Tag Archives: 30 days

Day 5 – Seasons Change for Better, for Worse


You know summer is long gone when chunks of ice fly out the end of the hose when you fill the poultry waterers.

It’s hard to know what to wish for, weather-wise, at this time of year. Living here on the wet west coast where grey skies day after day after day can bring down even the cheeriest soul, it’s hard not to hope for clear skies and a bit of sunshine. Clear skies, though, also generally mean colder temperatures – that dreary blanket of cloud is a blanket of the warming kind, too.


My farm is small and it’s spread over several neighbouring properties where I lease land to graze my animals. Even though the entire operation is contained within a kilometer radius, the difference between what’s freezing at the lowest lying, most exposed field and what’s still just wet and cold is remarkable. Yesterday morning the remaining grass down in the main turkey pasture area was crispy with frost while up at the top of the hill near our house everything was soaked with heavy dew. The water was running freely at the house but down there in turkey-land, after some ominous gurgling and crackling, chunks of tube-shaped ice shot out the end of the hose. That was too close to a full on freeze up for my tastes!

Frozen water lines are a pain in the backside around here and require schlepping of hot water from the house to whatever frozen water bucket needs to be defrosted. Given that we have years where we never freeze (last year was one of those) and over the course of most winters we endure truly cold temperatures for only a few days, it’s not really worth installing expensive water systems even here at the home farm and not an option in the various leased fields.

And so, I watch the skies and the weather reports and on a morning like today when I look outside and see slate grey sky and hear the sound of rain, I breathe a little sigh of relief.

Interested in learning who else is participating in the 30 days blog-a-thon or the five things Holly Spangler will be talking about this month? Head over to Prairie Farmerto find out!



Pippi in her “Squirrel Alert!!!!” pose (because if she is stretched up tall she is sooooo much closer to those power lines!)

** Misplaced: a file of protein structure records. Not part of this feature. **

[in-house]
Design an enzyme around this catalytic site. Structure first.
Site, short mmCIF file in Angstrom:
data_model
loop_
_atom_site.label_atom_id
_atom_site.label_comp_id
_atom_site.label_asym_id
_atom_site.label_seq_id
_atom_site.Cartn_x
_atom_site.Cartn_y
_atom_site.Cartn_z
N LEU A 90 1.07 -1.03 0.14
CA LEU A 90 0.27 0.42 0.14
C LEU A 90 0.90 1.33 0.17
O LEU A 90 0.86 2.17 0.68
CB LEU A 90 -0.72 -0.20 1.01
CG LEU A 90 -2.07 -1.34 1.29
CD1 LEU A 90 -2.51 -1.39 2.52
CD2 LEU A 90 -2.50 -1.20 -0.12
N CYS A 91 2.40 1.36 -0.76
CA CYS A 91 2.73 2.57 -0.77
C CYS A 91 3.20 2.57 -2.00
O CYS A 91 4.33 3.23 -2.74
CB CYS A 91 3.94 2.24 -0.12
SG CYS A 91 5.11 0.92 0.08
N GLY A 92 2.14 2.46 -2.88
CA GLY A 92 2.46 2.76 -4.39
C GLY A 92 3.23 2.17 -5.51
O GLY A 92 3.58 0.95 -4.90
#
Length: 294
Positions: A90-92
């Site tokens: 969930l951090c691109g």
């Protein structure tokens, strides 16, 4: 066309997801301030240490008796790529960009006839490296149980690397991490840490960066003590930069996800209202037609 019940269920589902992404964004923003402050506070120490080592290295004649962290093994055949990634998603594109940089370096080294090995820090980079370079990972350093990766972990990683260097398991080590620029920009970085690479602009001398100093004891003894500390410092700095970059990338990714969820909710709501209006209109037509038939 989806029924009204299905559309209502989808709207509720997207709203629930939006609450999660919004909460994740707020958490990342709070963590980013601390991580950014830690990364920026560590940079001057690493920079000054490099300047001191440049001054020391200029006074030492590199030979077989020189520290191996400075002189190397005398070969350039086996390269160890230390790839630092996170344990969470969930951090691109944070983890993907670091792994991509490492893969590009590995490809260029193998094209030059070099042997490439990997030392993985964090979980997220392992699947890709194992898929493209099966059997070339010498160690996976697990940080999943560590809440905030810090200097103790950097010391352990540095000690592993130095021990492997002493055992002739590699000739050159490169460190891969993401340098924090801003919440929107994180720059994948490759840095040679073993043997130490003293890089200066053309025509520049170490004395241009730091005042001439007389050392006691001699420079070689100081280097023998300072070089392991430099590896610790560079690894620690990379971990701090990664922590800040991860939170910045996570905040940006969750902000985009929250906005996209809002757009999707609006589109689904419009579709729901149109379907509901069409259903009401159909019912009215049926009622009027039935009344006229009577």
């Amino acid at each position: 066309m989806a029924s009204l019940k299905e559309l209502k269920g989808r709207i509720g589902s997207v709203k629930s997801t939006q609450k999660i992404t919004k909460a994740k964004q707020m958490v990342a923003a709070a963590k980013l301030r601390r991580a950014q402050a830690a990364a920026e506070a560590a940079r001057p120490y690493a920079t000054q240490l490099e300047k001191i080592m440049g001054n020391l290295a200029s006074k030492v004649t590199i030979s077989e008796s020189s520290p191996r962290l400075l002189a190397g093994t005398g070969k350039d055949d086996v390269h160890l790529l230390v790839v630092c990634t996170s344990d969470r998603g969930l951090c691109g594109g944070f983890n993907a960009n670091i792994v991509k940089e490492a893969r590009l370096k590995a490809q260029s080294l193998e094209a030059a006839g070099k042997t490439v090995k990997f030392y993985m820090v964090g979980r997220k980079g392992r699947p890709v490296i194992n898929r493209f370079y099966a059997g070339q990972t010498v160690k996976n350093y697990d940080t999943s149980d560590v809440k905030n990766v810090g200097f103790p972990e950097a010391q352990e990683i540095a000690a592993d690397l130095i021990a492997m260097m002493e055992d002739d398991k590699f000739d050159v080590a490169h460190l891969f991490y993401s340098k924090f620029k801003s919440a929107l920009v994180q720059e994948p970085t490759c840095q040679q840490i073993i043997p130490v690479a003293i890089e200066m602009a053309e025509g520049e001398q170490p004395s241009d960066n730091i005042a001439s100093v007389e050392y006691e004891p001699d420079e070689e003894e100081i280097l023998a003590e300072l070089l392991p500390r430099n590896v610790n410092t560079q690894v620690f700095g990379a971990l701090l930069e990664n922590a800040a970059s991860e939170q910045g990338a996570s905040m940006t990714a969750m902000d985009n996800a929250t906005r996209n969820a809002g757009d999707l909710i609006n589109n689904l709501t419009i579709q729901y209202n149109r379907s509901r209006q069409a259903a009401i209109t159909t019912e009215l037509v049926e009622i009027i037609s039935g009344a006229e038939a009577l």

Pickled Beets!


I love pickled beets. The only problem is, it takes HOURS to make them! Fortunately, I was not alone and was, in fact, talked into embarking on the project by my lovely future son-in-law, Toryn. So, with all the decks cleared, we started with tons of beets from Michell’s Farm Market down the road (all of ours went into our customer goody boxes – doesn’t that just figure!).


First step was to sort the beets into piles that were more or less the same size. The smaller ones we cooked whole, larger ones were chopped up a bit first. We boiled them for about ten minutes after first topping and tailing.


After boiling, we doused the beets in cold water. That makes the skins slip off quite easily.


THIS is a great tool!


Dunking the beets in cold water.


Due to popular demand, we sliced them all (instead of doing some in a chunkier style…).


We added a malt vinegar and water mixture after we’d added a spoonful of pickling spices to each jar of sliced beets.


At this point, the whole house smelled like vinegar and beets and all the windows were fogged up. Lids went on and the jars were gently lowered into a boiling water bath.


Beet juice and sharp knives everywhere! It was about halfway through several batches that I got a phonecall – “There’s a stray horse down at the barn!”

I sprinted down the hill and found a pony with some serious attitude pulling faces at my horses through the fence. She has visited our place before, so I knew where to take her. Leaving T. in charge of the beets, I hiked down the road with pony in tow. Fortunately, farming neighbour Mitchell happened to see me and gave me a ride back so I didn’t miss too much.


After T. left for work, I finished up the last batch. It was one of those situations where I could either have six very full jars or seven not very full jars and I opted for the former. Mistake! You know the part where they say ‘”leave plenty of head room?” There is a good reason for that… Fail to do so and your jar explodes due to all the super hot expanding liquid in the jar. Which is what happened in the last batch.


The good news was that only one jar was lost. And, bonus, the bottom blew out very cleanly – no splinters or missing chunks of glass. So, the hogs were happy – they got some fancy beets as a treat!


Not only did the bottom blow out, the whole jar flipped upside down in the water bath.


Fortunately, all the other jars sealed without trouble…


We couldn’t wait the recommended three weeks before testing… so today after everything had cooled, we opened a jar.


Grampy tries a beet… the ultimate taste test!


Fortunately (because we have a lot of them!) the beets passed muster and made their way into a cheese and beet sandwich. As the rest of the beets sit in their jars they will absorb more of the vinegar and spice mix so the taste will be stronger, but even in their premature state, they are pretty yummy! Will throw some into the salad tonight!